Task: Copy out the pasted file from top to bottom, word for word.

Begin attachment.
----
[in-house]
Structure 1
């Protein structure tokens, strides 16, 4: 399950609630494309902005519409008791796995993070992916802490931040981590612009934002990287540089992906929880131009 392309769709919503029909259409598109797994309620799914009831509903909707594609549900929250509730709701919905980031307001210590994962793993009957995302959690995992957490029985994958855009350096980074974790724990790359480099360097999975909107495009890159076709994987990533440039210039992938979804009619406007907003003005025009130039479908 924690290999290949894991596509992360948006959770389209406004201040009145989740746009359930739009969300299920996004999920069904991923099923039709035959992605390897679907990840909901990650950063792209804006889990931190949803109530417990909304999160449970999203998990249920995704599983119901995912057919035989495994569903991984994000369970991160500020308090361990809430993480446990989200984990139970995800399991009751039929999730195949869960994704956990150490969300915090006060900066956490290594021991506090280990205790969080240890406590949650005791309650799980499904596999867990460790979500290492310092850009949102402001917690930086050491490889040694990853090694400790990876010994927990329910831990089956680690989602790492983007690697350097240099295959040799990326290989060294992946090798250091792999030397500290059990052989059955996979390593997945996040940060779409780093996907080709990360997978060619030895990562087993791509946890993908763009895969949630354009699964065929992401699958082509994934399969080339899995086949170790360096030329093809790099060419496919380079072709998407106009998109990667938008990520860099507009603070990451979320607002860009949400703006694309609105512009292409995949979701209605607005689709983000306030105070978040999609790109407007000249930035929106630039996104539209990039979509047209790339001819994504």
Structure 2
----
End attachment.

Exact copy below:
[in-house]
Structure 1
């Protein structure tokens, strides 16, 4: 399950609630494309902005519409008791796995993070992916802490931040981590612009934002990287540089992906929880131009 392309769709919503029909259409598109797994309620799914009831509903909707594609549900929250509730709701919905980031307001210590994962793993009957995302959690995992957490029985994958855009350096980074974790724990790359480099360097999975909107495009890159076709994987990533440039210039992938979804009619406007907003003005025009130039479908 924690290999290949894991596509992360948006959770389209406004201040009145989740746009359930739009969300299920996004999920069904991923099923039709035959992605390897679907990840909901990650950063792209804006889990931190949803109530417990909304999160449970999203998990249920995704599983119901995912057919035989495994569903991984994000369970991160500020308090361990809430993480446990989200984990139970995800399991009751039929999730195949869960994704956990150490969300915090006060900066956490290594021991506090280990205790969080240890406590949650005791309650799980499904596999867990460790979500290492310092850009949102402001917690930086050491490889040694990853090694400790990876010994927990329910831990089956680690989602790492983007690697350097240099295959040799990326290989060294992946090798250091792999030397500290059990052989059955996979390593997945996040940060779409780093996907080709990360997978060619030895990562087993791509946890993908763009895969949630354009699964065929992401699958082509994934399969080339899995086949170790360096030329093809790099060419496919380079072709998407106009998109990667938008990520860099507009603070990451979320607002860009949400703006694309609105512009292409995949979701209605607005689709983000306030105070978040999609790109407007000249930035929106630039996104539209990039979509047209790339001819994504």
Structure 2